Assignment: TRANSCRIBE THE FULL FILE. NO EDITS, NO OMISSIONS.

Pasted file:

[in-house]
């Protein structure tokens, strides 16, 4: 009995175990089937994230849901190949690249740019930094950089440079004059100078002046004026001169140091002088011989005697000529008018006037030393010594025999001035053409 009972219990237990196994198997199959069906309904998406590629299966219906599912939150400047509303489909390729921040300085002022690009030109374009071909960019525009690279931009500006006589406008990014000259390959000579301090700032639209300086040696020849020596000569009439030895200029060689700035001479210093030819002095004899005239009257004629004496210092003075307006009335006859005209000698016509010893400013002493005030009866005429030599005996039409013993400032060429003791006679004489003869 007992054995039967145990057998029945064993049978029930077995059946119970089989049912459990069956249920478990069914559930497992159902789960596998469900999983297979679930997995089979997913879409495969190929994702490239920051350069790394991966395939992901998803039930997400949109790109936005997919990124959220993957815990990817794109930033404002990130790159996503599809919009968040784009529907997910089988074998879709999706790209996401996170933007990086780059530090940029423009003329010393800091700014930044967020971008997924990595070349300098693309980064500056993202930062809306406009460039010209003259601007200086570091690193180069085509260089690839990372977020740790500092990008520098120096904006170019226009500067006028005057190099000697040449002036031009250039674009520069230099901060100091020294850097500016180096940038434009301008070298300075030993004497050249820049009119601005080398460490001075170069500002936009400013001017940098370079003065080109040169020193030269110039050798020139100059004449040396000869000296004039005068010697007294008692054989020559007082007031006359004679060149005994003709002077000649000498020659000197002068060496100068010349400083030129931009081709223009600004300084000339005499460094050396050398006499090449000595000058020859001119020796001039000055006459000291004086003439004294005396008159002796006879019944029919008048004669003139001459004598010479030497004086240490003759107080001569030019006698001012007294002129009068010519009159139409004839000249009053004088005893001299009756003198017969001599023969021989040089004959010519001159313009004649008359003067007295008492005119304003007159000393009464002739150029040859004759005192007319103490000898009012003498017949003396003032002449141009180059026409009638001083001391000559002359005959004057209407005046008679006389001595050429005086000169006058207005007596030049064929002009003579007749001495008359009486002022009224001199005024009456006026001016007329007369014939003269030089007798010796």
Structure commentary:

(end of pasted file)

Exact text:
[in-house]
């Protein structure tokens, strides 16, 4: 009995175990089937994230849901190949690249740019930094950089440079004059100078002046004026001169140091002088011989005697000529008018006037030393010594025999001035053409 009972219990237990196994198997199959069906309904998406590629299966219906599912939150400047509303489909390729921040300085002022690009030109374009071909960019525009690279931009500006006589406008990014000259390959000579301090700032639209300086040696020849020596000569009439030895200029060689700035001479210093030819002095004899005239009257004629004496210092003075307006009335006859005209000698016509010893400013002493005030009866005429030599005996039409013993400032060429003791006679004489003869 007992054995039967145990057998029945064993049978029930077995059946119970089989049912459990069956249920478990069914559930497992159902789960596998469900999983297979679930997995089979997913879409495969190929994702490239920051350069790394991966395939992901998803039930997400949109790109936005997919990124959220993957815990990817794109930033404002990130790159996503599809919009968040784009529907997910089988074998879709999706790209996401996170933007990086780059530090940029423009003329010393800091700014930044967020971008997924990595070349300098693309980064500056993202930062809306406009460039010209003259601007200086570091690193180069085509260089690839990372977020740790500092990008520098120096904006170019226009500067006028005057190099000697040449002036031009250039674009520069230099901060100091020294850097500016180096940038434009301008070298300075030993004497050249820049009119601005080398460490001075170069500002936009400013001017940098370079003065080109040169020193030269110039050798020139100059004449040396000869000296004039005068010697007294008692054989020559007082007031006359004679060149005994003709002077000649000498020659000197002068060496100068010349400083030129931009081709223009600004300084000339005499460094050396050398006499090449000595000058020859001119020796001039000055006459000291004086003439004294005396008159002796006879019944029919008048004669003139001459004598010479030497004086240490003759107080001569030019006698001012007294002129009068010519009159139409004839000249009053004088005893001299009756003198017969001599023969021989040089004959010519001159313009004649008359003067007295008492005119304003007159000393009464002739150029040859004759005192007319103490000898009012003498017949003396003032002449141009180059026409009638001083001391000559002359005959004057209407005046008679006389001595050429005086000169006058207005007596030049064929002009003579007749001495008359009486002022009224001199005024009456006026001016007329007369014939003269030089007798010796």
Structure commentary: